magnitude to two equal magnitudes is the same_. But as ratio falls
within magnitude _qua_ magnitude, why should this need a demonstration?
Since the two equal magnitudes are equal _qua_ measure, there is no
difference whatsoever between them; therefore they are from this
viewpoint truly the same: there is no alterity whatsoever between them,
except the alterity of number and no more."
The proposition quoted is from Euclid's _Elements_ the second part of
V.7, but Heiberg/Heath does not have the word "two", which has the
effect of limiting the generality of the proposition.
"Alterity" is a very obscure word meaning "otherness". According to
Jeff the Arabic word can mean "difference" or "distinction", which seem
to fit the meaning better.
I found the word "number" in the last line very puzzling. According to
Jeff the Arabic here is "`adad", which can only be translated "number".
We could only speculate what is meant.
The translator is fond of the word "_qua_" which he always italicized,
as though a foreign word. I do not know whether it is always used to
translate the same Arabic word and I am not sure what meaning is to be
attached to it other than an English preposition meaning "in the
capacity of". So - if a ratio is a relation between magnitudes, what
would it mean to say "ratio falls within magnitude _in the capacity of_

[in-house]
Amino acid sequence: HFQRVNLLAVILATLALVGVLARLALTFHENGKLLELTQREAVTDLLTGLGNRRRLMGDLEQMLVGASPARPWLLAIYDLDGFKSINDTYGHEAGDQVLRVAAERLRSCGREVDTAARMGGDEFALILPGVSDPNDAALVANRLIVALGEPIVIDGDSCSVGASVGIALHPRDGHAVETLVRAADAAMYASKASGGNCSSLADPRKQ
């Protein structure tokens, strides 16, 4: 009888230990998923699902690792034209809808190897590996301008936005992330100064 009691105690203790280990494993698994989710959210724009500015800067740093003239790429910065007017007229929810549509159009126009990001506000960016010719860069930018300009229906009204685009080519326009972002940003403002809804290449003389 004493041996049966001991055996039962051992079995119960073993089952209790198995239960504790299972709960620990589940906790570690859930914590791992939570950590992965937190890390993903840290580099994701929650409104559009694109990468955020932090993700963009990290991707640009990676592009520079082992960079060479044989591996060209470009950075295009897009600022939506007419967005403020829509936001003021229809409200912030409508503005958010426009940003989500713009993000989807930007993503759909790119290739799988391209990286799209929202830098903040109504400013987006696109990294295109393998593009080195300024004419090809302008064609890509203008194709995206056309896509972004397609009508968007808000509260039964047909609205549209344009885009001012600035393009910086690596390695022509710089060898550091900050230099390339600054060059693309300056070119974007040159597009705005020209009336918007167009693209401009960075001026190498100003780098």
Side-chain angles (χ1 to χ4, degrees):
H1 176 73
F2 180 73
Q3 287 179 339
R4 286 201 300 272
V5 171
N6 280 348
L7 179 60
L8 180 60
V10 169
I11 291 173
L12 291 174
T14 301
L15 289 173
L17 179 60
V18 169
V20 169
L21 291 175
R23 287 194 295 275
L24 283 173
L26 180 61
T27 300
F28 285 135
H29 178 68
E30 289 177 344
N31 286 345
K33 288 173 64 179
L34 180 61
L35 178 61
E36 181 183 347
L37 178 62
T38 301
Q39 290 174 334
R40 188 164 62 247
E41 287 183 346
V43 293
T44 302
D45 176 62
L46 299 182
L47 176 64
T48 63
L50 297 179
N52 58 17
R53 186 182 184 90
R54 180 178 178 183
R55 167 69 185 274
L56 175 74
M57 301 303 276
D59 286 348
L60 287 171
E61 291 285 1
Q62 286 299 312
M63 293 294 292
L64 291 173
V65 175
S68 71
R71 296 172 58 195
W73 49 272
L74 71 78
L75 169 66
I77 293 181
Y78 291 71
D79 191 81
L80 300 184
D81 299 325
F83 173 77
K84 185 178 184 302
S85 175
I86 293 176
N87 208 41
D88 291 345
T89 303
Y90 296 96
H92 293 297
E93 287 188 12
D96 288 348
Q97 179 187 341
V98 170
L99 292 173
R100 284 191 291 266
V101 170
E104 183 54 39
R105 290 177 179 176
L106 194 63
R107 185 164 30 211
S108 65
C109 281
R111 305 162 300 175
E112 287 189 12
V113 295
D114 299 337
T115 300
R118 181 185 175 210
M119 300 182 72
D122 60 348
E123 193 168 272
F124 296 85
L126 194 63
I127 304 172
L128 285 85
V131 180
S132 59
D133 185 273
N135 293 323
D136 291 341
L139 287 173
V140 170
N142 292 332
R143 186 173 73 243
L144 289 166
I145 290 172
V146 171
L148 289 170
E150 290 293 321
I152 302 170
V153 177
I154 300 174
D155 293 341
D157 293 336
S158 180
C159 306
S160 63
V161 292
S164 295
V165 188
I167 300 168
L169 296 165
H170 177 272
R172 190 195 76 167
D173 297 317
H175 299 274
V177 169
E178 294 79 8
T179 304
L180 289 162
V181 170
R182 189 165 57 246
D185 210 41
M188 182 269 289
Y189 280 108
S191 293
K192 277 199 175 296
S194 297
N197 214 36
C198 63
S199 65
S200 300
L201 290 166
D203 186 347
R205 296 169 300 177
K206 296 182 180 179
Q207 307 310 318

magnitude"? How are equal magnitudes equal _in the capacity of_
measure? I.e. in what other way would they be equal?
What is Khayyam saying? Perhaps something like this: Recall that, like
numbers, magnitudes can be equal while remaining different. If A is a
magnitude and BC and DE are equal but different magnitudes, then the
ratio of A to BC is the same as the ratio of A to DE, because (i.e. _by
cause_) ratio is concerned with size only and not with location or shape
or other attributes of the underlying geometric objects and equal
magnitudes can be said to be the _same_ magnitude if one considers only
the size (measure). That is, the size of the underlying geometric
object is the _same_. Thus two equal lines have the _same_ length.
Therefore the ratio of the same magnitude to equal magnitudes is the
ratio of the same magnitude to the same magnitude. This may be the
right interpretation, but it seems to me to press Euclid very hard.
Recall that Euclid consistently speaks of "same" ratios, but of "equal"
magnitudes and numbers. But Khayyam, at least in this translation, is
not consistent at all, but sometimes speaks of two ratios being _equal_
and even _similar_.
If the above is the correct understanding, then the answer to Khayyam's
question is that Euclid & the Greeks did not abstract (or did not so
completely abstract) magnitudes from the geometric figures. Further it
should be said that it requires some proof to say that magnitudes _can-_
be so abstracted, i.e. that there is such a property which resides in
the geometric structures which allows the abstraction.
Despite these difficulties it is apparent from the above that Khayyam is
a profound thinker who drives for the essence of things. The other two
books strengthen that impression.
From a sunny but soggy Comer, Georgia, wishing all my friends here a
very bright and prosperous New Year,
Robert Eldon Taylor
philologos at mindspring dot com